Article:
Understanding the role of each individual involved in a harvest allows woodland owners to make sure they have their interests covered and increases the likelihood of a successful timber harvest. 

• Woodland owners are in charge of the property and have the final say in which trees are harvested. As appropriate, woodland owners should try to involve family members and heirs in timber harvest planning especially those likely to care for the woods in the future. Woodland owners need to ensure loggers and every one else involved knows the boundaries, areas that need special protection and any other provisions that are important such as the use of roads, and fence and field maintenance as examples. Owners should also inform their neighbors that a timber harvest is planned—it is much better to resolve boundary issues before a timber harvest! At a minimum, follow the specifications in our timber trespass law, that indicates that all neighbors bordering the harvest receive a written notice via certified mail, restricted delivery, and return receipt requested at least 7 days in advance of the harvest (click here.)

• Professional foresters (ex. service foresters, industry foresters, consulting foresters) should be involved in timber harvesting planning. Their knowledge and training on how trees and woodlands grow and respond to harvesting is critical to ensure the future forest gets well established and the timber harvest meets your woodland management objectives. Service foresters (http://forestry.ky.gov/regionaloffices/Pages/default.aspx) with the Kentucky Division of Forestry can offer management assistance for no fee as well as mark the trees to be harvested for a small fee. Industry foresters are typically employees of a sawmill who can purchase the timber and plan the harvest. Private consulting foresters (http://www.kacf.org/) can also offer management assistance, walk woodland owners through the timber sale process, establish a timber basis for tax purposes, and represent the woodland owner’s interests during the harvest for a fee or commission.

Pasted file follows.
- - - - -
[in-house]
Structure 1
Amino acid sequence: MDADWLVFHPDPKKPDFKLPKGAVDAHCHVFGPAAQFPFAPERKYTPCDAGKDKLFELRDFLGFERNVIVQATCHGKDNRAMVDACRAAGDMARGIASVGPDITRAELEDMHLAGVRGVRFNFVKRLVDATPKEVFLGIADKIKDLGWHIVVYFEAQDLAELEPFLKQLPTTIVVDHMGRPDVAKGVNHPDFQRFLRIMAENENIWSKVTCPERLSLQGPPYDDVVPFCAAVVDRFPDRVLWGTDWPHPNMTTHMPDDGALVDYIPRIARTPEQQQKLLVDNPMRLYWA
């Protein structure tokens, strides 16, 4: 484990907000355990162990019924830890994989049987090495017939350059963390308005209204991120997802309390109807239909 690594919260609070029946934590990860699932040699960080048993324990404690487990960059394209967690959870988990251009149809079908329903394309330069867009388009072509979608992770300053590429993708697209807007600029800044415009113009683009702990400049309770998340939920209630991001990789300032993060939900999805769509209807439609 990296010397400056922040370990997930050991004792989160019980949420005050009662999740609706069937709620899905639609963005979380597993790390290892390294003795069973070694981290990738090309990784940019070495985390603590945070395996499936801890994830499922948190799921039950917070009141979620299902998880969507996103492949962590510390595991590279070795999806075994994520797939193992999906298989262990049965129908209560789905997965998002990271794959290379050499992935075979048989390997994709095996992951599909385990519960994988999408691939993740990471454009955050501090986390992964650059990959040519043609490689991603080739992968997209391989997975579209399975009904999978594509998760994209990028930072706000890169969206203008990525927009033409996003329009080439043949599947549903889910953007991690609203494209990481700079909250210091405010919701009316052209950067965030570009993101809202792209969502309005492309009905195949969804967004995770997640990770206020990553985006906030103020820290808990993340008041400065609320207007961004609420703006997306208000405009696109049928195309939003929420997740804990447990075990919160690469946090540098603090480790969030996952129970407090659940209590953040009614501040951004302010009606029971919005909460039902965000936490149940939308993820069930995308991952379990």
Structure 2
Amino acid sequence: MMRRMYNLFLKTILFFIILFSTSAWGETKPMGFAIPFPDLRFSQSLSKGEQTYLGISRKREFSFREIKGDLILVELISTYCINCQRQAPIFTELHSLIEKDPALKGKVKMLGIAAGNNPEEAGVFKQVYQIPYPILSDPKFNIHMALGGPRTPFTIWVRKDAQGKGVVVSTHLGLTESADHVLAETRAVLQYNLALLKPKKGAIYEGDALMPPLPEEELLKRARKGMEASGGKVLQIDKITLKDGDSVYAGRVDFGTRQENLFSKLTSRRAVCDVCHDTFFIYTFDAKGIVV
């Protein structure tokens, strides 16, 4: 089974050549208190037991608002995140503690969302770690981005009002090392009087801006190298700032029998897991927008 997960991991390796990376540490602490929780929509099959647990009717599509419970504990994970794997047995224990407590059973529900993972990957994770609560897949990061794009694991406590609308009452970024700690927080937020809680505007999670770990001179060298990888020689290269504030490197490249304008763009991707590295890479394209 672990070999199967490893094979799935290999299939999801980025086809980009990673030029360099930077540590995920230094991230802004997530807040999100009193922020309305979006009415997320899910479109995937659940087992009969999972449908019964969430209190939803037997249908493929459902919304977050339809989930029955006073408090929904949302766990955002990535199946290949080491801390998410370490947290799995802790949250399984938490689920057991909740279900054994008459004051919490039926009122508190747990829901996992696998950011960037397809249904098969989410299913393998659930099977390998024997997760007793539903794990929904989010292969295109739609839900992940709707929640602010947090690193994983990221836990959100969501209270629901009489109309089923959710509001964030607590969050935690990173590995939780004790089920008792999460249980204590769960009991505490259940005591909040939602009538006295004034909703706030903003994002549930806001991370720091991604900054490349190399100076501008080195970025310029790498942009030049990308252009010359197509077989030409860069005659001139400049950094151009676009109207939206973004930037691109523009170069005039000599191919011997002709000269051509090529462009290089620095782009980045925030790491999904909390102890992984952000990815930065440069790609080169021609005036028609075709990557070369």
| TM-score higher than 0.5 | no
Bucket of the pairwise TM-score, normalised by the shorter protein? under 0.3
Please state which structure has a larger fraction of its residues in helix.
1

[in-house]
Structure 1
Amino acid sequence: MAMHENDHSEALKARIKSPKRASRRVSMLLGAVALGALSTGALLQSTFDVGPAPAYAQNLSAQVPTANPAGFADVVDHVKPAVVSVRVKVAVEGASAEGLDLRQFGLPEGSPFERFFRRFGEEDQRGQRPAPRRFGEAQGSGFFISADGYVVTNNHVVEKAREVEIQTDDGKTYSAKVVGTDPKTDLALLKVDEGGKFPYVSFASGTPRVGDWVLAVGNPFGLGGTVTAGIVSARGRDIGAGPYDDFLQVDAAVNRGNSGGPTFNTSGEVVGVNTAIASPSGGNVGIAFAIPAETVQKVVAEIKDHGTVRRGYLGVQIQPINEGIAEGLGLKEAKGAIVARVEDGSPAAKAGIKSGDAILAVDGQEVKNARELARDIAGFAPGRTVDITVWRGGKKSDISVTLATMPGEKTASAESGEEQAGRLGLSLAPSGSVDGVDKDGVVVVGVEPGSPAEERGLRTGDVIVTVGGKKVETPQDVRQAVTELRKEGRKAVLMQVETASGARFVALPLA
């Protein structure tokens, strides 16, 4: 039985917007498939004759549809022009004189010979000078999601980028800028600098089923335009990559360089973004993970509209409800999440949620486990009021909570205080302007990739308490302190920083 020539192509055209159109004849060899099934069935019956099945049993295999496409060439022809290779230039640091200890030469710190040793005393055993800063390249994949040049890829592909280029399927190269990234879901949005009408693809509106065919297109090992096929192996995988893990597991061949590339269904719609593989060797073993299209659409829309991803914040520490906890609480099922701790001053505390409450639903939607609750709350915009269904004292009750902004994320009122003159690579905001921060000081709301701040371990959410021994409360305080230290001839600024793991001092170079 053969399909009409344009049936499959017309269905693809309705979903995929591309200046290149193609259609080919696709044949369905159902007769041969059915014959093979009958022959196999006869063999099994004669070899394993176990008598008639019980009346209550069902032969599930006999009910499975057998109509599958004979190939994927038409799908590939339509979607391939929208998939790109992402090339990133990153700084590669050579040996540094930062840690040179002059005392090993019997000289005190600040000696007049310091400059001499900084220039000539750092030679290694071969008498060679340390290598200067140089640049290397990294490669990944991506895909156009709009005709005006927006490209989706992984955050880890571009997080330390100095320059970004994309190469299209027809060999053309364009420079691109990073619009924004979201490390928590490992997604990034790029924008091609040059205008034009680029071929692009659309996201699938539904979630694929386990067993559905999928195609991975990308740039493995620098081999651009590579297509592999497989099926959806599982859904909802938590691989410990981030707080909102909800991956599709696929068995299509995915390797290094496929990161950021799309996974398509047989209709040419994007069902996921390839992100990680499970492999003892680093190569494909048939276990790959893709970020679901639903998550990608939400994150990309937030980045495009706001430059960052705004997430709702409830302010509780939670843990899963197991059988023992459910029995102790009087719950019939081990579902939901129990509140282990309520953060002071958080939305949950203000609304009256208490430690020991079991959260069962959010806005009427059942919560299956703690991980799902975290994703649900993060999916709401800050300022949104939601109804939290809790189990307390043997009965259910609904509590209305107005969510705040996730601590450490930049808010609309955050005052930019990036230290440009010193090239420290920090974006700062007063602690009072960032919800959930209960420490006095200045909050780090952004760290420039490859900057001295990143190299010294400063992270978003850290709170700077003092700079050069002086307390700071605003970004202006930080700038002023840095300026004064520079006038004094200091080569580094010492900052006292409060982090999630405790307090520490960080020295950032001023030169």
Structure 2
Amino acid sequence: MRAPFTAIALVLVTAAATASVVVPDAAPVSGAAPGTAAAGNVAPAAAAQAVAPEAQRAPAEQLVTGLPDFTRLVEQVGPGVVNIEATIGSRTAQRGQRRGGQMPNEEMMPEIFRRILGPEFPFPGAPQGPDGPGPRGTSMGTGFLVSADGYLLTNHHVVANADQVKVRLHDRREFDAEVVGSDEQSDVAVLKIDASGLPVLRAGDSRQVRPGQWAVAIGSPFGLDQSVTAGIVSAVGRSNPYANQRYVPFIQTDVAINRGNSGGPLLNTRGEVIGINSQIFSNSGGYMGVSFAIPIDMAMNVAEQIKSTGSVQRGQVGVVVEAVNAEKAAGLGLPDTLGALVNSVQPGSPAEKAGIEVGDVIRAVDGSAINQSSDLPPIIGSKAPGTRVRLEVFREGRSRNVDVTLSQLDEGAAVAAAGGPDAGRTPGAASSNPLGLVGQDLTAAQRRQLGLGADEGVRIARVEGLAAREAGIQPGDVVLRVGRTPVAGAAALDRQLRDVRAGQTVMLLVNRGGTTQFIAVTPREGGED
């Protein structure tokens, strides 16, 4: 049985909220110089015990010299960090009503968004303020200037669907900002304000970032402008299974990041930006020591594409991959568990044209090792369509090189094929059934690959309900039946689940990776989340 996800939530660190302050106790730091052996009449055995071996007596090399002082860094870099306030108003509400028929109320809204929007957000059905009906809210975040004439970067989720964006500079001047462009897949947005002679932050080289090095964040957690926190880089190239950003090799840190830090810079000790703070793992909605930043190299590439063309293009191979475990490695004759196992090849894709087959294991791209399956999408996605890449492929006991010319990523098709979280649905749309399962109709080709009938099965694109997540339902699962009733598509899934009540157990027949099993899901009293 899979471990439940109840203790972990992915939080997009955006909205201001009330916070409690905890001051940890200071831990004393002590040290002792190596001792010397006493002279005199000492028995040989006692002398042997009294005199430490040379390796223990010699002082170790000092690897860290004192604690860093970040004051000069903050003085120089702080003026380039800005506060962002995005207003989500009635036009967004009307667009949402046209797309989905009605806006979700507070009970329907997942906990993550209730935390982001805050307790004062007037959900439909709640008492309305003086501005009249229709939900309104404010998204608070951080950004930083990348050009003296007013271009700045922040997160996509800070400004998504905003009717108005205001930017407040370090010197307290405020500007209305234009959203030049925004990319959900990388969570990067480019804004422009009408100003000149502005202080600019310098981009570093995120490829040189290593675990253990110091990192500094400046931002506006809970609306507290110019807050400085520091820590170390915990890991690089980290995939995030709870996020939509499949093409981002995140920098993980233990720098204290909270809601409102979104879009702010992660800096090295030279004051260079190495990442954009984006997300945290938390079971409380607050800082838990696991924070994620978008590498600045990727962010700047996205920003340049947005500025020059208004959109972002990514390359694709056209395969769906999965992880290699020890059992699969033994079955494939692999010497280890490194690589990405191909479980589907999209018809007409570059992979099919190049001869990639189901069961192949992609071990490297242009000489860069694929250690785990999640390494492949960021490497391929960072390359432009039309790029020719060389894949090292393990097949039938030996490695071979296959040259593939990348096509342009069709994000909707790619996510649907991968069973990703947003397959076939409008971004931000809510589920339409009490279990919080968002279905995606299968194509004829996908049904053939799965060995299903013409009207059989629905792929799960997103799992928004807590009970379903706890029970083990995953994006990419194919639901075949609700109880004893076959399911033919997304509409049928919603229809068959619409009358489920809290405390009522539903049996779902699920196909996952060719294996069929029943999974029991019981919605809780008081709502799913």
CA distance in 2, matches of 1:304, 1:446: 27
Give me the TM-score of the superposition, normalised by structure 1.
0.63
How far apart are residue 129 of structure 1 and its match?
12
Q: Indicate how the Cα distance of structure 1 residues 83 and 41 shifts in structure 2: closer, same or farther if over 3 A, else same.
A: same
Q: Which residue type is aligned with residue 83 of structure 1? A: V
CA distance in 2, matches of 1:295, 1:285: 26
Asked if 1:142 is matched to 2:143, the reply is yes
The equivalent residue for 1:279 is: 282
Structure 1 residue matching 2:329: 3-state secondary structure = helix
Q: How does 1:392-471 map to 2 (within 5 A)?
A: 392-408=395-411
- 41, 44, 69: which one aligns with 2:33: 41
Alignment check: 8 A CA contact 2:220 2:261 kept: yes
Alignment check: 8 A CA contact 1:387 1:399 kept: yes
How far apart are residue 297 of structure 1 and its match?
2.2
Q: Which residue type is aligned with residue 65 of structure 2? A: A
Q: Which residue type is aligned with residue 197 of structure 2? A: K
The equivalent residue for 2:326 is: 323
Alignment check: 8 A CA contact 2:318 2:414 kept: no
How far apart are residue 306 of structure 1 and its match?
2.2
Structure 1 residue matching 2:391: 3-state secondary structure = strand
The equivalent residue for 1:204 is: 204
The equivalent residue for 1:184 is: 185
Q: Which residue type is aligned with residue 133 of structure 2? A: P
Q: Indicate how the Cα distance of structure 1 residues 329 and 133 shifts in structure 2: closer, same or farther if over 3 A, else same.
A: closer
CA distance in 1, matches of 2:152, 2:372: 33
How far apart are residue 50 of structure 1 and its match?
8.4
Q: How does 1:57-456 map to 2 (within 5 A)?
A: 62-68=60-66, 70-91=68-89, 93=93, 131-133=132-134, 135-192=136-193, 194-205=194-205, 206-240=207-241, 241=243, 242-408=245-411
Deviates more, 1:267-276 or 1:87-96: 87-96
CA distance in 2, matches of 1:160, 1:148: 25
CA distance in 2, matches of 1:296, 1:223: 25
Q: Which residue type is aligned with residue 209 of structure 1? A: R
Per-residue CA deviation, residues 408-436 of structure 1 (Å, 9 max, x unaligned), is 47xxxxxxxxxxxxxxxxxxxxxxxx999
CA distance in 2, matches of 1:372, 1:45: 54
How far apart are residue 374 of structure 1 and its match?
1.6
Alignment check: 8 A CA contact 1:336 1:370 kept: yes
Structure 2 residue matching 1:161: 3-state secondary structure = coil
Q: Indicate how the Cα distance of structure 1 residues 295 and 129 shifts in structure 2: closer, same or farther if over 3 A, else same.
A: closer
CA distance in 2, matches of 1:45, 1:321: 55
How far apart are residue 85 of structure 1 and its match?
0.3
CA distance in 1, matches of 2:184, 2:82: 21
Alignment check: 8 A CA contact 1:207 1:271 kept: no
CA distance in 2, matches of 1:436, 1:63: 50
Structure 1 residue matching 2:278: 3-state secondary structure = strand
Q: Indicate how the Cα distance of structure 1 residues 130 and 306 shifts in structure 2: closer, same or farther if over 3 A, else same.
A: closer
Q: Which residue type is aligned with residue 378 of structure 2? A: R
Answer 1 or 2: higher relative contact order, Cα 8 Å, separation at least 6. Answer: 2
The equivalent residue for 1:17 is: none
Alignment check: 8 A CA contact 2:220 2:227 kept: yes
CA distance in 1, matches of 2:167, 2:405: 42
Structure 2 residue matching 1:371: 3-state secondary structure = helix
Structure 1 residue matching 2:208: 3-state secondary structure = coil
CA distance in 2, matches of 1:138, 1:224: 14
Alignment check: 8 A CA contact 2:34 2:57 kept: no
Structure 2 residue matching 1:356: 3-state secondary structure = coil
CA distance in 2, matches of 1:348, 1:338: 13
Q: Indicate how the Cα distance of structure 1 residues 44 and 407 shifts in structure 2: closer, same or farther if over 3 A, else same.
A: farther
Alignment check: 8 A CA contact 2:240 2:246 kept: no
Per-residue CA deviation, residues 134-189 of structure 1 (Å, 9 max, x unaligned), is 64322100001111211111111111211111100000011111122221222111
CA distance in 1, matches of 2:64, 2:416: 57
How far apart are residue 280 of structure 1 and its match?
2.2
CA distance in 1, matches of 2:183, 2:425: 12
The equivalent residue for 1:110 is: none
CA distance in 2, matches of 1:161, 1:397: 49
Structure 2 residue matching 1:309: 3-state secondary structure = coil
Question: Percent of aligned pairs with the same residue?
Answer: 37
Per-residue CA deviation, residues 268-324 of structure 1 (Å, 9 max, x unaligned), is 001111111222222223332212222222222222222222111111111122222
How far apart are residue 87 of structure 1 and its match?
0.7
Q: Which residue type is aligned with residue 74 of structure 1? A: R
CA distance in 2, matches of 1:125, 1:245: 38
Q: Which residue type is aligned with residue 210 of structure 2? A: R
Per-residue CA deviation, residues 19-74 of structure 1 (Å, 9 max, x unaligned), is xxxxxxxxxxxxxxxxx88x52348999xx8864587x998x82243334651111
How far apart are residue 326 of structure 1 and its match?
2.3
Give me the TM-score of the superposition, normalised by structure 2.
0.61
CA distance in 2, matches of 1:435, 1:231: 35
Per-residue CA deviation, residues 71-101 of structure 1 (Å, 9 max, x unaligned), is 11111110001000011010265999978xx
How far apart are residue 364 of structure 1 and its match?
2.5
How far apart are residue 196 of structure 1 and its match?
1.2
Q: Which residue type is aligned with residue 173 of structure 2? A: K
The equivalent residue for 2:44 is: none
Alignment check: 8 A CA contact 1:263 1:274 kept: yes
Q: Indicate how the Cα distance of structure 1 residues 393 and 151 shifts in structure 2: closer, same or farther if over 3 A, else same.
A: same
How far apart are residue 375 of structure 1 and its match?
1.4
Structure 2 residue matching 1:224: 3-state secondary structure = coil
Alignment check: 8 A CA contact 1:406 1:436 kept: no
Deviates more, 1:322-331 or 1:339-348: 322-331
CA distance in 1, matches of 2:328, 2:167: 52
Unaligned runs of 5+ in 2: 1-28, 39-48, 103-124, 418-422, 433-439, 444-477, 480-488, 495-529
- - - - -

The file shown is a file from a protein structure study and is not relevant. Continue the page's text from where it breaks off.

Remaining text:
• Loggers play the critical, and dangerous, role of harvesting and transporting a woodland owner’s logs to the sawmill. The role of the logger is to extract wood as efficiently as possible. The exact trees that loggers remove are based on what the landowner wants, market conditions, and adherence to the state mandated best man-agement practices to protect water quality. A Kentucky Master Logger (www.masterlogger.org) is required to be on-site and in charge of all commercial timber harvests. A good logger also will safeguard residual trees as much as possible. 

• Timber buyers may be a logger, a sawmill, or an independent timber buyer. Timber buyers are a party on the written contract, along with the woodland owner, and they establish the selling price of the timber once their offer or bid is accepted. Landowners are paid for their timber based on the agreed upon terms in the written contract and should make sure the contract covers all areas of concern. Examples of timber sale contracts can be found here. 

• Attorneys and tax preparers should be involved in developing and/or reviewing your written contract. They can also help to ensure your rights are enforced and that any taxes due on the income from the tim-ber sale are handled appropriately. For the latest information on timber taxes visit the National Timber Tax website at https://timbertax.org.